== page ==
7.08.2012

How to Manage Thoughts and Emotions - The Elephant and the Rider


In “The Happiness Hypothesis,” psychologist Jonathan Haidt describes our emotional side as an Elephant, and our rational side is its Rider.

     “The Rider holds the reins but his control is precarious because the Rider is so small relative to the Elephant. Anytime the six-ton Elephant and the Rider disagree about the direction, the Rider is going to lose. You’ve experienced this if you’ve ever slept in, overeaten, dialed up your ex at midnight, procrastinated, tried to quit smoking and failed, skipped the gym, gotten angry and said something you regretted, and so on.
     The weakness of the Elephant, our emotional and instinctive side, is clear: It’s lazy and skittish, often looking for the quick payoff (ice cream cone) over the long-term payoff (being healthy). When change efforts fail, it’s usually the Elephant’s fault, since the kinds of change we want typically involve short-term sacrifices for long-term payoffs.
     The Elephants hunger for instant gratification is the opposite of the Rider’s strength, which is the ability to think long-term.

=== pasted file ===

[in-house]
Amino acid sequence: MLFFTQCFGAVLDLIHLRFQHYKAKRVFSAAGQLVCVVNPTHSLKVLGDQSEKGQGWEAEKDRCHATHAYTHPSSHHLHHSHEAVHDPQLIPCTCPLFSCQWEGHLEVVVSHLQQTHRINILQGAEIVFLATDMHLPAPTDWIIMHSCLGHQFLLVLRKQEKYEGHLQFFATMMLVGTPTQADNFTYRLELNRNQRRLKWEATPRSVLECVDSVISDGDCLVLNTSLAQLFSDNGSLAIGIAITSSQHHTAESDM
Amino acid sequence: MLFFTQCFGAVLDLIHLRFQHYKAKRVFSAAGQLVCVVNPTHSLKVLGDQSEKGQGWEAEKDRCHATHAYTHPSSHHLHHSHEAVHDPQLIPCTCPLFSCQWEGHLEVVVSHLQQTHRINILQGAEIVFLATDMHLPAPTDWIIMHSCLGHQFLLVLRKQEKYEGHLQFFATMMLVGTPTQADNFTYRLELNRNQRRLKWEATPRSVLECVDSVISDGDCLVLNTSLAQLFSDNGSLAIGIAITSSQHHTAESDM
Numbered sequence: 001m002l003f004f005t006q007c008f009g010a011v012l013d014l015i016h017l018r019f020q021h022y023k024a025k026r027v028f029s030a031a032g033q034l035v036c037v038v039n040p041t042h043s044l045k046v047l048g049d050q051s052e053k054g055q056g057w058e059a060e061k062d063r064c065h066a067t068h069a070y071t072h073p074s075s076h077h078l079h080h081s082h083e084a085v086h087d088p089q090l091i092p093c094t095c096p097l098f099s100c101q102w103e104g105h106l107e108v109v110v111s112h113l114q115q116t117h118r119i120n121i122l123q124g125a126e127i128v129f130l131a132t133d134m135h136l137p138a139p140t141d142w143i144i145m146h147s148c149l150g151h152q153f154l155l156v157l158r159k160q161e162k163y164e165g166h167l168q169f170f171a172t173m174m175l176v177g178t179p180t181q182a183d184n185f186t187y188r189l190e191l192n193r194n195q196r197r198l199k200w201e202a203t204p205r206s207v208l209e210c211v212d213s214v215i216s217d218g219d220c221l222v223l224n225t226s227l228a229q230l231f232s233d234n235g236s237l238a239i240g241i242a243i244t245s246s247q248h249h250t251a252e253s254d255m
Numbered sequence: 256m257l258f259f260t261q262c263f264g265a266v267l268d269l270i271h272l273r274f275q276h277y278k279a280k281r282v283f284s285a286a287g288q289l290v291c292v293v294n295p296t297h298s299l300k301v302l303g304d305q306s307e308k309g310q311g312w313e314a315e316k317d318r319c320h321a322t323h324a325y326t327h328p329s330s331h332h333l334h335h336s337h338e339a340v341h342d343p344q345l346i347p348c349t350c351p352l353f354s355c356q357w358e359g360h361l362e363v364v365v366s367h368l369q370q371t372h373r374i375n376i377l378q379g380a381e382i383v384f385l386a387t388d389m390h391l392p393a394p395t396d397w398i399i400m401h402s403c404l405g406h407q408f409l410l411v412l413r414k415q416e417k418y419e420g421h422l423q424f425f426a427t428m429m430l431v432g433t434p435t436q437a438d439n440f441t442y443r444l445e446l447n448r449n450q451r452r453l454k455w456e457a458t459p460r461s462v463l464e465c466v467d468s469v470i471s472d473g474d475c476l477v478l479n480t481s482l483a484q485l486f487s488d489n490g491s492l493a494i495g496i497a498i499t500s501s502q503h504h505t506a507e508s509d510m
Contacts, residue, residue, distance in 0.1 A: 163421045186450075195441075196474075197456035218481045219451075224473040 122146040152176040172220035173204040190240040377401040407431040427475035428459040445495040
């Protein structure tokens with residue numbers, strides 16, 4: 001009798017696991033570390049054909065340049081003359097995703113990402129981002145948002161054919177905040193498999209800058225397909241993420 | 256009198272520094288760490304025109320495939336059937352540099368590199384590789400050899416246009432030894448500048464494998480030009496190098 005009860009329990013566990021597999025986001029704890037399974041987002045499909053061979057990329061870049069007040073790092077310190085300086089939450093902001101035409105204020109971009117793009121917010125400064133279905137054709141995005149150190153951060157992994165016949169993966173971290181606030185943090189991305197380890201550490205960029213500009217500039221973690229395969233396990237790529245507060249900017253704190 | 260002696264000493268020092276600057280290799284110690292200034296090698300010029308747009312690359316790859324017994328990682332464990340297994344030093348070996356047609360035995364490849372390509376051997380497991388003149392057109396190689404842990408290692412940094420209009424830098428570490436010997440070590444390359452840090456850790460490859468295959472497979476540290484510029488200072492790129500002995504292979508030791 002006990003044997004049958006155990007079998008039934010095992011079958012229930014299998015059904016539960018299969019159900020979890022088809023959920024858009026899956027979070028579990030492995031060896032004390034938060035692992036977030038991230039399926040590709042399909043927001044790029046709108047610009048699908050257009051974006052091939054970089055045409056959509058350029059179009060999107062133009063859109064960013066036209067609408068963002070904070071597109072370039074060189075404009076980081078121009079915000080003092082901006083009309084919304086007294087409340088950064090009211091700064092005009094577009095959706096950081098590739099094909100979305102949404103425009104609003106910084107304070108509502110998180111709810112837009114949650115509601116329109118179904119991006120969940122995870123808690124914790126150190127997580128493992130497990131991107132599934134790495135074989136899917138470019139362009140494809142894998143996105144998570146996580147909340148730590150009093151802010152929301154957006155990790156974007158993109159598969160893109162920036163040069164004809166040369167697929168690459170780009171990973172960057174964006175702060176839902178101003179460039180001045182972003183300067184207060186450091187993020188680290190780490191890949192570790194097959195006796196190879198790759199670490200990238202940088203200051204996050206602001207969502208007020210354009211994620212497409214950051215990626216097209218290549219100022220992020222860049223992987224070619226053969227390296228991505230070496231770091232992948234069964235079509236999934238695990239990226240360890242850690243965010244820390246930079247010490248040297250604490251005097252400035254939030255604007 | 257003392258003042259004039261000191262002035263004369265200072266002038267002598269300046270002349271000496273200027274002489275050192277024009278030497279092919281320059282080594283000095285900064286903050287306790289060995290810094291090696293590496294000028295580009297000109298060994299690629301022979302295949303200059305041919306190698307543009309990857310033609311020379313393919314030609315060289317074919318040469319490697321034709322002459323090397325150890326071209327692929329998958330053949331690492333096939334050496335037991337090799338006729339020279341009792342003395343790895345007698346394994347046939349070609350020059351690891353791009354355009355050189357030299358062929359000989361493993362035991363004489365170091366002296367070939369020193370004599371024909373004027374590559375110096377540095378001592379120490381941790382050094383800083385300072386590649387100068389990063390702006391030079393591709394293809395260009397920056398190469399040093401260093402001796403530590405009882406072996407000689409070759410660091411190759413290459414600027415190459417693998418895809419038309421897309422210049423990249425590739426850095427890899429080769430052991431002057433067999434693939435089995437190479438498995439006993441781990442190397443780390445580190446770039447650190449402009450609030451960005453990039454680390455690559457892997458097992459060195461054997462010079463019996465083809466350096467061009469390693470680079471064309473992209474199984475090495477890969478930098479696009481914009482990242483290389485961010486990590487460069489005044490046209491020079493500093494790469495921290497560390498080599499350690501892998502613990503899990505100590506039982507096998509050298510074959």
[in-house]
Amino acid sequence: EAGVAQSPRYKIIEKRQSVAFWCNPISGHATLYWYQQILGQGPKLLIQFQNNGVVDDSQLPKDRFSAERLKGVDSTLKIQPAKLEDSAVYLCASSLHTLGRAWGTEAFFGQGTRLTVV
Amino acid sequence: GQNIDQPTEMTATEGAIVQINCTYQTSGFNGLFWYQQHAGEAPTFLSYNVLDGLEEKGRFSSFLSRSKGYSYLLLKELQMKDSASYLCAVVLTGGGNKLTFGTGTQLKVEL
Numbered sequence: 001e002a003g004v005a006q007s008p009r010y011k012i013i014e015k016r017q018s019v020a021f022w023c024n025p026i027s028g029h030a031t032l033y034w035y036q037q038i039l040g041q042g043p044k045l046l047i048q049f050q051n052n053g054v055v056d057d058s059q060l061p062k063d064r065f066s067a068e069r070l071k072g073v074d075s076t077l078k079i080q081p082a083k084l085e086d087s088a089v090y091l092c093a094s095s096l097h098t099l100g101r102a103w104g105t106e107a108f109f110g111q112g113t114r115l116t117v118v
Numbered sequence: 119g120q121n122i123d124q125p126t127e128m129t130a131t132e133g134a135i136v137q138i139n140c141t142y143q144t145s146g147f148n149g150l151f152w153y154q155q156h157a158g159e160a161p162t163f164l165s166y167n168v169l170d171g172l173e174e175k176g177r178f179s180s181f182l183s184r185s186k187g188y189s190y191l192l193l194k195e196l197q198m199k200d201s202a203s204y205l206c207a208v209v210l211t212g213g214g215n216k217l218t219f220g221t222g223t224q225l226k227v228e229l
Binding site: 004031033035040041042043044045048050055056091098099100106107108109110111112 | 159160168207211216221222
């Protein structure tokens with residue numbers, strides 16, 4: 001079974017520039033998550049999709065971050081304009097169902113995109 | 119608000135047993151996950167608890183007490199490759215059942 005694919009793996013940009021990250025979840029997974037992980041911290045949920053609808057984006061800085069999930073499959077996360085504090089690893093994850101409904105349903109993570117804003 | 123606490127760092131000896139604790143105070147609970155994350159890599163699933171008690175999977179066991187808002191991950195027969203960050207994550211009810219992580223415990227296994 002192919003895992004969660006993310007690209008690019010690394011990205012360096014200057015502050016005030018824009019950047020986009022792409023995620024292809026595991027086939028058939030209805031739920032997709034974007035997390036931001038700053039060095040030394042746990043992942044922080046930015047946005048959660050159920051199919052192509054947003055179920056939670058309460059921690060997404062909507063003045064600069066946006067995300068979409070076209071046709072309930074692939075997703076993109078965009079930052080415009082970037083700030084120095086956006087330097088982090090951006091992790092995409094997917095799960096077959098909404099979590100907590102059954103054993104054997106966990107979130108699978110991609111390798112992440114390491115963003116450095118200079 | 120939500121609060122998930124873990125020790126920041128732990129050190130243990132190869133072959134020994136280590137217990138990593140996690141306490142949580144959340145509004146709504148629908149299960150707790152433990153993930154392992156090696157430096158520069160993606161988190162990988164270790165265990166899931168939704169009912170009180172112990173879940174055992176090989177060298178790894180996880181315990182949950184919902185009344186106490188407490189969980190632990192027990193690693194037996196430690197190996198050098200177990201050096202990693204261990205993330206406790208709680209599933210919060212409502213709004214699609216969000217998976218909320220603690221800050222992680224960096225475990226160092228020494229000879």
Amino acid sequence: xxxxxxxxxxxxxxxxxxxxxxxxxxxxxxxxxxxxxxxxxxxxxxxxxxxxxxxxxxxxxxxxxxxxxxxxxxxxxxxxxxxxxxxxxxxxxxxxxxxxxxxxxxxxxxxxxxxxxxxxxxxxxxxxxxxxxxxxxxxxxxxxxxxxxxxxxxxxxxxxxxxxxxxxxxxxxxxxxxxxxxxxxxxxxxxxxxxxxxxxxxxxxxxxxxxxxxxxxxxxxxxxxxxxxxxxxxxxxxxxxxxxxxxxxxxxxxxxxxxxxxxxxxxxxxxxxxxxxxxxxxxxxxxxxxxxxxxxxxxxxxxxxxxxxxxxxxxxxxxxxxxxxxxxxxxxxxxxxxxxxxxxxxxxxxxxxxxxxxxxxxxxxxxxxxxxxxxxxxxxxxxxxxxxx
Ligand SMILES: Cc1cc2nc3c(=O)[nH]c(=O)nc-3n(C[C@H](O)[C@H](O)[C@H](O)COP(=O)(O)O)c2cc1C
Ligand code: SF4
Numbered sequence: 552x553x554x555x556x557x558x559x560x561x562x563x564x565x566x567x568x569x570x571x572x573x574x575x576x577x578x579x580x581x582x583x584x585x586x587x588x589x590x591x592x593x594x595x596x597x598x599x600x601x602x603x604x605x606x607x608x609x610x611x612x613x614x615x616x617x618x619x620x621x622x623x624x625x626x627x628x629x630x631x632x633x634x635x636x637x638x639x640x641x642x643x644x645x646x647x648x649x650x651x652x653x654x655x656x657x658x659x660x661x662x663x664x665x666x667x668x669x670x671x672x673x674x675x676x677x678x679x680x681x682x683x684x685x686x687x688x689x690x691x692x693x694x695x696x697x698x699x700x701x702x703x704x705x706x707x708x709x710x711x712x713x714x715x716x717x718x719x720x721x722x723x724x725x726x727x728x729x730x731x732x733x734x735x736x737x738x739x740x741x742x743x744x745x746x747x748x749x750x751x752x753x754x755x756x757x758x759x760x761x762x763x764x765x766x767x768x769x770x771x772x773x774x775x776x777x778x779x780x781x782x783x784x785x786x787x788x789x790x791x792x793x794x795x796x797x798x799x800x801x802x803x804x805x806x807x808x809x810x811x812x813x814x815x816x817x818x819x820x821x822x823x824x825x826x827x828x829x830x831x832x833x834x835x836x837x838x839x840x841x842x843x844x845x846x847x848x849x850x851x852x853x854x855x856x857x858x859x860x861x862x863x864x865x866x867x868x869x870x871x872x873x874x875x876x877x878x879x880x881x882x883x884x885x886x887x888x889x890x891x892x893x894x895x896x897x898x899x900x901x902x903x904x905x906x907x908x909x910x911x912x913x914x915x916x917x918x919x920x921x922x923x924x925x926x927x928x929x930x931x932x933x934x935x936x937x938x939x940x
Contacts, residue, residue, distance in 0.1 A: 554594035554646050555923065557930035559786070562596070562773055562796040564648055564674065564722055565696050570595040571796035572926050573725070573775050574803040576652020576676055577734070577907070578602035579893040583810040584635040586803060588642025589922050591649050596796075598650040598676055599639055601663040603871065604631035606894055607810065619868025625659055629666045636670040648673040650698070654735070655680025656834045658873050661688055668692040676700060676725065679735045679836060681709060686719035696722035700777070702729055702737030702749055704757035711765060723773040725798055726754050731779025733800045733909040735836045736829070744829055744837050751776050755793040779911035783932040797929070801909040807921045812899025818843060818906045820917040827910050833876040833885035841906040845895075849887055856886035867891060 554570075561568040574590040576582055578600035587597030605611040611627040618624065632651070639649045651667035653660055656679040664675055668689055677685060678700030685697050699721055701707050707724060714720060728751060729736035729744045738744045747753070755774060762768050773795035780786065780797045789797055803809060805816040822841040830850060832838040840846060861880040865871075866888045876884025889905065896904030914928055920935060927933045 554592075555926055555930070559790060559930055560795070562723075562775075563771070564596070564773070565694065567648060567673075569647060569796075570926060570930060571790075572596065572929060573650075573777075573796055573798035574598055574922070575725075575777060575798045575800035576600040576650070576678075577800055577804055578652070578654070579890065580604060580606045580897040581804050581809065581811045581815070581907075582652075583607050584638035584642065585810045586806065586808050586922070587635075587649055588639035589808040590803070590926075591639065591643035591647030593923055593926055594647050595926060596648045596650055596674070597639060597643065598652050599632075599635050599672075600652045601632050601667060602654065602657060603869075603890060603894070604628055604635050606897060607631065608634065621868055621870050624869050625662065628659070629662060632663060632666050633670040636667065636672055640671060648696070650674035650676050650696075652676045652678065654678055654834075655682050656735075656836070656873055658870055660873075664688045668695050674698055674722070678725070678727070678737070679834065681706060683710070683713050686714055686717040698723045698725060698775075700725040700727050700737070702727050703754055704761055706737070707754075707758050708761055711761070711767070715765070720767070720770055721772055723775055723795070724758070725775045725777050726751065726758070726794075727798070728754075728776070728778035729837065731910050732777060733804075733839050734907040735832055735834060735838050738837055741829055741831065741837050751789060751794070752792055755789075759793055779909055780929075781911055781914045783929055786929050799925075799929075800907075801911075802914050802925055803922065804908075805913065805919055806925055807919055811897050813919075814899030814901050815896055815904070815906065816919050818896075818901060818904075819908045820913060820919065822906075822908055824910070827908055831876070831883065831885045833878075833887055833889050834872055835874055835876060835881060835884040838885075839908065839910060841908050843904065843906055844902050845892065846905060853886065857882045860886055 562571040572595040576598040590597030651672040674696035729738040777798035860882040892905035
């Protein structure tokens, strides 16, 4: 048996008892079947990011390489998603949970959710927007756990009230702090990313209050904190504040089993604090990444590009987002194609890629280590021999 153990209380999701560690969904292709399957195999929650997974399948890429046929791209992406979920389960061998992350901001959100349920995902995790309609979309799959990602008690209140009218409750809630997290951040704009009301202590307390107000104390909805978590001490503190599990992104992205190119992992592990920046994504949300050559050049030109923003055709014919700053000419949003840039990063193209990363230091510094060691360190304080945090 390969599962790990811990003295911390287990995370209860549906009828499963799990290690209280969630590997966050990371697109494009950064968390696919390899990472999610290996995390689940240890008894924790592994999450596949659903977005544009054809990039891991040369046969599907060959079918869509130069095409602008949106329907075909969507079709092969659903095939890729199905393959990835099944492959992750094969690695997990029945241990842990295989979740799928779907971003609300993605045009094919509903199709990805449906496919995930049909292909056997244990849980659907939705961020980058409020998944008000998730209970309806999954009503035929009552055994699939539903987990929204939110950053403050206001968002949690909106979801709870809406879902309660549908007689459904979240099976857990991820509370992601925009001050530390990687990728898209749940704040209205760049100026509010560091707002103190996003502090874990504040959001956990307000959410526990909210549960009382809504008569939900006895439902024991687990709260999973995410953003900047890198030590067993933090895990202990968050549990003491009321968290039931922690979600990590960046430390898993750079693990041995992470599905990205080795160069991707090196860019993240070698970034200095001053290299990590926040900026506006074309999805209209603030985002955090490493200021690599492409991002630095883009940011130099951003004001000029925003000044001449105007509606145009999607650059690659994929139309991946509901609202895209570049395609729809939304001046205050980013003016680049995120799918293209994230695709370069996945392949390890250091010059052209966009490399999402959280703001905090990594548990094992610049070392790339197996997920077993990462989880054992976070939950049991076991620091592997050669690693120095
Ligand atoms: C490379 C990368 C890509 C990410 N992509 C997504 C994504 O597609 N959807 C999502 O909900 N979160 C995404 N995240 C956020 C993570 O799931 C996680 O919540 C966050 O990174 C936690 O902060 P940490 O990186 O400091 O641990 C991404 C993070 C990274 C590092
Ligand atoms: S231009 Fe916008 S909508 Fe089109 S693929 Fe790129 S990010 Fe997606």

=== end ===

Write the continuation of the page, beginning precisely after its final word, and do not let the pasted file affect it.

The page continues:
But, what may surprise you is that the Elephant also has enormous strengths and the Rider has crippling weaknesses. Emotion is the Elephants turf-love and compassion and sympathy and loyalty. That fierce instinct you have to protect your kids against harm-that’s the Elephant. That spine-stiffening you feel when you need to stand up for yourself-that’s the Elephant.
     The Rider tends to overanalyze and overthink things. The Rider provides the planning and direction, and the Elephant provides the energy. So if you reach the Riders of your team but not the Elephants, team members will have understanding without motivation. If you reach their Elephants but not their Riders, they’ll have passion without direction. In both cases, the flaws can be paralyzing. Chances are, you know people with Rider problems: your friend who can agonize for twenty minutes about what to eat for dinner; your colleague who can brainstorm for about new ideas for hours but can never make a decision.
     When Rider and Elephant disagree about which way to move, you’ve got a problem. When Elephants and Riders move together, change can come easily.”
From Switch: How to Change Things When Change is Hard.